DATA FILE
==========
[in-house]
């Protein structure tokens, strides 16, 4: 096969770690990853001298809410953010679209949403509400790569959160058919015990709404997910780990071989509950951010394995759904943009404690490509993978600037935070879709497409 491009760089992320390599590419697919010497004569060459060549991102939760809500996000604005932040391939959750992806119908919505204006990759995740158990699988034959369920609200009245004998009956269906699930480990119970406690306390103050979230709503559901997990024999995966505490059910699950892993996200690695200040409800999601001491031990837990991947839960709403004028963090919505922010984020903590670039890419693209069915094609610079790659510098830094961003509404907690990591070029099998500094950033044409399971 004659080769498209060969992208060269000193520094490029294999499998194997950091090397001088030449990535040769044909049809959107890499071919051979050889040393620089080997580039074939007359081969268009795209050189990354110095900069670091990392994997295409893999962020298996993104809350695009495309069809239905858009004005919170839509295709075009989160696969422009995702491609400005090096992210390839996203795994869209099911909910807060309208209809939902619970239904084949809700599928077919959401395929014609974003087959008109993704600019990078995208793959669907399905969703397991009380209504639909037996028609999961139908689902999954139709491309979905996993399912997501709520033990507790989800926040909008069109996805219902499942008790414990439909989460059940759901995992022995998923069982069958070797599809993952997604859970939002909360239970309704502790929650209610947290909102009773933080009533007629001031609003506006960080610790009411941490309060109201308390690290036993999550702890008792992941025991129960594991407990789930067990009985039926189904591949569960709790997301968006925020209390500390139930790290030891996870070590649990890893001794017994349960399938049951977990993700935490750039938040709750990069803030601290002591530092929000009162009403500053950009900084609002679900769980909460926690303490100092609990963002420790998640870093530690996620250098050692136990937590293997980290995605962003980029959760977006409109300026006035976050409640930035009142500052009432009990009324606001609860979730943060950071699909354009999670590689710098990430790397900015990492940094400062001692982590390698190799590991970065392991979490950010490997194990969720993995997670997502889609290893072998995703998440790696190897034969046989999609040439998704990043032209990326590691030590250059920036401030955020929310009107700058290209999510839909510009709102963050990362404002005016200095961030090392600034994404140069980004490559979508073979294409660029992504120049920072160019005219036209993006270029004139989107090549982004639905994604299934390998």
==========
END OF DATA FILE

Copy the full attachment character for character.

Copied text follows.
[in-house]
């Protein structure tokens, strides 16, 4: 096969770690990853001298809410953010679209949403509400790569959160058919015990709404997910780990071989509950951010394995759904943009404690490509993978600037935070879709497409 491009760089992320390599590419697919010497004569060459060549991102939760809500996000604005932040391939959750992806119908919505204006990759995740158990699988034959369920609200009245004998009956269906699930480990119970406690306390103050979230709503559901997990024999995966505490059910699950892993996200690695200040409800999601001491031990837990991947839960709403004028963090919505922010984020903590670039890419693209069915094609610079790659510098830094961003509404907690990591070029099998500094950033044409399971 004659080769498209060969992208060269000193520094490029294999499998194997950091090397001088030449990535040769044909049809959107890499071919051979050889040393620089080997580039074939007359081969268009795209050189990354110095900069670091990392994997295409893999962020298996993104809350695009495309069809239905858009004005919170839509295709075009989160696969422009995702491609400005090096992210390839996203795994869209099911909910807060309208209809939902619970239904084949809700599928077919959401395929014609974003087959008109993704600019990078995208793959669907399905969703397991009380209504639909037996028609999961139908689902999954139709491309979905996993399912997501709520033990507790989800926040909008069109996805219902499942008790414990439909989460059940759901995992022995998923069982069958070797599809993952997604859970939002909360239970309704502790929650209610947290909102009773933080009533007629001031609003506006960080610790009411941490309060109201308390690290036993999550702890008792992941025991129960594991407990789930067990009985039926189904591949569960709790997301968006925020209390500390139930790290030891996870070590649990890893001794017994349960399938049951977990993700935490750039938040709750990069803030601290002591530092929000009162009403500053950009900084609002679900769980909460926690303490100092609990963002420790998640870093530690996620250098050692136990937590293997980290995605962003980029959760977006409109300026006035976050409640930035009142500052009432009990009324606001609860979730943060950071699909354009999670590689710098990430790397900015990492940094400062001692982590390698190799590991970065392991979490950010490997194990969720993995997670997502889609290893072998995703998440790696190897034969046989999609040439998704990043032209990326590691030590250059920036401030955020929310009107700058290209999510839909510009709102963050990362404002005016200095961030090392600034994404140069980004490559979508073979294409660029992504120049920072160019005219036209993006270029004139989107090549982004639905994604299934390998």